Forecasts from the International Energy Agency (IEA) and Goldman Sachs this week are trying to say that crude barrels are still overpriced. But the market isn't listening. I've been convinced that crude prices above $60 are counterproductive, as Goldman has said in its recent note, but other factors are continuing to help push prices higher.
Let's take a closer look and see what's going on -- and what might happen in the near future.
Some short-term fundamentals continue to push traders into long positions in oil. I've been the first to point out the large outflows of capital from just about every other asset class, save for energy stocks and commodities. This isn't particularly smart analysis, but clearly money managers and institutional investors are looking for "value" in a very hot market -- and oil stocks and commodities look just too low to them. For these "value searchers," it's damn the fundamentals, full speed ahead, and oil catches a bid with every, even small, bullish indication.
Like Chinese demand, which has incrementally picked up. But it's not like Chinese imports aren't being met for the most part; it is finding more oil now than ever before in its history. And imported oil is not being used. Several reports have Chinese oil stockpiles growing for the last seven weeks, an obvious way for China to hoard oil that it thinks is going to get more expensive later.
U.S. stockpiles have come down slightly in the last few EIA reports -- a surprise for many who believed that storage would increase throughout the summer. Many are extrapolating that the drop in stockpiles is a harbinger of slower production from the slashed numbers of rig counts, but this may be very premature. With the summer driving season set to get under way, there is a seasonal decline in stockpiles this time every year, and even a disaster in overproduction couldn't stop that historical trend this year.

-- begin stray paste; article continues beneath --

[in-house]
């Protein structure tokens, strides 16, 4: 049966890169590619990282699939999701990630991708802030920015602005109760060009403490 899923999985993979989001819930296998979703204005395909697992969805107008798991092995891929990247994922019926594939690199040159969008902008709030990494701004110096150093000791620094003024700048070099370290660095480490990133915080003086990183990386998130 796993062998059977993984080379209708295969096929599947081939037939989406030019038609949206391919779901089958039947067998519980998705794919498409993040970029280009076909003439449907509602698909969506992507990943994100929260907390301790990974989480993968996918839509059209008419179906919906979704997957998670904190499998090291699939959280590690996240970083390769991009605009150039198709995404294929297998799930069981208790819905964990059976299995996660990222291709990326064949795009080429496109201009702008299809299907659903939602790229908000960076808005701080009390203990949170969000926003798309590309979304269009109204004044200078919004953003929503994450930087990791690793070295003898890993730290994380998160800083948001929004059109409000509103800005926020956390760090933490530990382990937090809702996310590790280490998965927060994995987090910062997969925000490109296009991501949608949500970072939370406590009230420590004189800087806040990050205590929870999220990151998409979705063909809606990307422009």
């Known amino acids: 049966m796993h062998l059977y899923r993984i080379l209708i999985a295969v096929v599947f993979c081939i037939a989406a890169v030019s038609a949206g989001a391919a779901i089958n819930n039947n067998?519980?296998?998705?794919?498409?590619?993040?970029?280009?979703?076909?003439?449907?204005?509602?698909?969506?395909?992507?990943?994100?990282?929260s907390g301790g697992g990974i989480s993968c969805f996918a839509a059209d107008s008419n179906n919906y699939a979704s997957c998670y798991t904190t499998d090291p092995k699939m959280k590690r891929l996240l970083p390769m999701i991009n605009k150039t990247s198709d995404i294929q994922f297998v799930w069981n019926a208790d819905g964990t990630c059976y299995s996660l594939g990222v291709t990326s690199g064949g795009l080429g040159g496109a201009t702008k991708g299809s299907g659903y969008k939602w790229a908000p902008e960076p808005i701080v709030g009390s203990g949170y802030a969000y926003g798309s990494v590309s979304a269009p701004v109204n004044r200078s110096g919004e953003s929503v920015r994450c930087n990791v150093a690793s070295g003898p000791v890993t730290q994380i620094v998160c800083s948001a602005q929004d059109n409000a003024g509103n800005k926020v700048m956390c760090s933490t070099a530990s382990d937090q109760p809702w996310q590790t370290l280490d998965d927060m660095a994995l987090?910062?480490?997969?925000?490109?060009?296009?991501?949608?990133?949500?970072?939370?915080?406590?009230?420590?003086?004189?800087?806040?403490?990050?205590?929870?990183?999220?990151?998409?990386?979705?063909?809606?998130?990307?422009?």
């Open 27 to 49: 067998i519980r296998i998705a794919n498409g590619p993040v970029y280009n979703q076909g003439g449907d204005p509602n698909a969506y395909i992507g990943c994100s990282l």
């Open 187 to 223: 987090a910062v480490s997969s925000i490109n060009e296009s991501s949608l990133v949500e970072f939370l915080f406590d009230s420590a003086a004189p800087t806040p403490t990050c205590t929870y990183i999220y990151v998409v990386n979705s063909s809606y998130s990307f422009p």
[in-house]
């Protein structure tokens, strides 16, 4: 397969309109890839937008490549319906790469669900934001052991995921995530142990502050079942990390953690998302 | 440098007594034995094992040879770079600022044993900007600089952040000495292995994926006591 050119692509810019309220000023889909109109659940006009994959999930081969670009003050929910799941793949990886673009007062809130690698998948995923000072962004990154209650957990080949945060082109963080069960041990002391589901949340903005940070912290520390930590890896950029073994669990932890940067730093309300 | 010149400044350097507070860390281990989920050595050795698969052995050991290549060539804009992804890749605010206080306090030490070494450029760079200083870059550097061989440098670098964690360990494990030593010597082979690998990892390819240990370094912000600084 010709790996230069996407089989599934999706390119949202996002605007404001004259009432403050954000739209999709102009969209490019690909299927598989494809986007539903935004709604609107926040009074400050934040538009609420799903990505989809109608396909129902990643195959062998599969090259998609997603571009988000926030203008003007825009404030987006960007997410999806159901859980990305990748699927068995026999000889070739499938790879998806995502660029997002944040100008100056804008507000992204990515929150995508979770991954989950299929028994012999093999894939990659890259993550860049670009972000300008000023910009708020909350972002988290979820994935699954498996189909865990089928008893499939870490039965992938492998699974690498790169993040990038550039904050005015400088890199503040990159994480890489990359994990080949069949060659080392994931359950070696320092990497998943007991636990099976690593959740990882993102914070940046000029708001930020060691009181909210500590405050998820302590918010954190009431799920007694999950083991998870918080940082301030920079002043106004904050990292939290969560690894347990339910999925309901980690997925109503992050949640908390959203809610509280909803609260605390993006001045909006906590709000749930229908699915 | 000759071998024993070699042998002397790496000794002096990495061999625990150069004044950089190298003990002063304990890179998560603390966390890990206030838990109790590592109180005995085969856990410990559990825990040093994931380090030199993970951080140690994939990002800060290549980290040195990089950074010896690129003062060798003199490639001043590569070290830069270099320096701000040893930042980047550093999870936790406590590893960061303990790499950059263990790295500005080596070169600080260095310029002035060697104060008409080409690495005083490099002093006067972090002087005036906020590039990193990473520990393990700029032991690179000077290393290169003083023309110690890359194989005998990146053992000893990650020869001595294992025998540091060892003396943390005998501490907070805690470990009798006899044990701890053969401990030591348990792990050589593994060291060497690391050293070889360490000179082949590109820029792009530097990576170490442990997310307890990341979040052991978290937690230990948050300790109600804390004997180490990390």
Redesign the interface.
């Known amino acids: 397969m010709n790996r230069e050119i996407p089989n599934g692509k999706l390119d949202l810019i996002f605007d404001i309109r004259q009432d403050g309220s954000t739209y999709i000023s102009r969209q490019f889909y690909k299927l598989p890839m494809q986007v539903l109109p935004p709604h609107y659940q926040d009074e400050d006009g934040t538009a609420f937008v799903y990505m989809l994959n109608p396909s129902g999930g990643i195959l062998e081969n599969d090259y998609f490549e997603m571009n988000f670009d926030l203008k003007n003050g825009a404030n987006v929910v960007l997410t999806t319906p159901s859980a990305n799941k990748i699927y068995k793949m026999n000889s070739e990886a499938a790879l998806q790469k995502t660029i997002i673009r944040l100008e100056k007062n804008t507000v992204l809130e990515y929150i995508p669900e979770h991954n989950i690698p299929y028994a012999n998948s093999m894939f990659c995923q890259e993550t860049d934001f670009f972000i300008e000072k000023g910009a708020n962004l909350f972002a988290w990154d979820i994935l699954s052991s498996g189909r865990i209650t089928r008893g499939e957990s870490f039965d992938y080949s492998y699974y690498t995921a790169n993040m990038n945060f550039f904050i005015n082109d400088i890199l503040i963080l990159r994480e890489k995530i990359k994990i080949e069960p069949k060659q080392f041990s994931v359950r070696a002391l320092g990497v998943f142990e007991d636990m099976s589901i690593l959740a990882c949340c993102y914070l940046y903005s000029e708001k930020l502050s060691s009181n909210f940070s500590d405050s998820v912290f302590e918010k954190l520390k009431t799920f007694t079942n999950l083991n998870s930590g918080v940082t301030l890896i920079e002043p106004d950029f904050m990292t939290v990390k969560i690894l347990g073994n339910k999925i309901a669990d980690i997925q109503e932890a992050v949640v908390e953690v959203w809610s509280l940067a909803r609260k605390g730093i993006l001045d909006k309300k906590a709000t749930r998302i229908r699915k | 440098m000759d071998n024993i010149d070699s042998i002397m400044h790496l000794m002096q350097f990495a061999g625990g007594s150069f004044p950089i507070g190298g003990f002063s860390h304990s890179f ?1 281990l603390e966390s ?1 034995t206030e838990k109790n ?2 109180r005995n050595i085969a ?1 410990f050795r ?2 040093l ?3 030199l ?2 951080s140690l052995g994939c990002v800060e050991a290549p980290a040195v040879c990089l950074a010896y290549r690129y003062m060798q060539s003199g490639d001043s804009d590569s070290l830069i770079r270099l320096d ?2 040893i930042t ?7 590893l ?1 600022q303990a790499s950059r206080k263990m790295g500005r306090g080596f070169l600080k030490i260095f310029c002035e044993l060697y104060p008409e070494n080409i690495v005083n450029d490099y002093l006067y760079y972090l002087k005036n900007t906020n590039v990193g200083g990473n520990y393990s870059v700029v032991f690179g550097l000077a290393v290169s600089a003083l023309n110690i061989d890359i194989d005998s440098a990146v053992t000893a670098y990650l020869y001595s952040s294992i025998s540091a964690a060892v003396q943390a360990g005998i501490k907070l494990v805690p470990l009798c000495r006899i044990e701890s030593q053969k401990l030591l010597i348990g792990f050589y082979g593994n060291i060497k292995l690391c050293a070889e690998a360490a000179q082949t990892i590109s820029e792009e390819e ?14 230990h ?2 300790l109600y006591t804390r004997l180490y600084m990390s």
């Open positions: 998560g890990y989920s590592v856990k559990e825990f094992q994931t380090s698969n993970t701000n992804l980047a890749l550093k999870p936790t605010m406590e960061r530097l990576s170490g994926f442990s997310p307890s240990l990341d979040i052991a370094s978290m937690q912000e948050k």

But on the other side of a range-bound market is Goldman's correct call of "self-destructive" prices -- the whittling away of the "fracklog" of idled rigs should prices again approach $70. The IEA seems to agree. Add to that the several dozen oil companies that would love to financially hedge oil near $65 and there are tons of good reasons why we're likely near the upper end of our "bust cycle" range.
Both EOG Resources (EOG) and Whiting Petroleum (WLL) were quick to point out the opportunities that would emerge with oil that stabilizes above $65. Those two were the most vocal in the oil patch, but certainly not alone -- Continental Resources (CLR) and Hess (HES) have dozens of idled wells that would come back online as well at $65 oil, adding to an already historic glut.
Both Goldman Sachs and I agree that there needs to be a market-clearing event, marked by far more consolidation and outright destructive bankruptcy of smaller market participants, before we can call this downturn in oil officially over. I do not believe that a meandering price above $60 a barrel will do that. It will ultimately cause a secondary drop in price and an even more dire response from the oil patch.
Notice, for example, how badly the market has received the first two large restructuring events: the Royal Dutch Shell (RDS.A) buy of BG Group and the Noble Energy (NBL) buy of Rosetta Resources (ROSE). Both of these represented overpaying of assets in a market that had not yet been brought to heel -- and both acquirers have been punished in share price because of it.
Also notice Exxon Mobil (XOM), in the best possible position to make a monster acquisition, stay unnervingly quiet. It knows prices here do not represent value -- and does not want to make the same mistake it made by buying an overpriced XTO Energy in 2010.
I will watch for Exxon's move. It wants to make one, and I believe it will when the time is right. It isn't -- yet.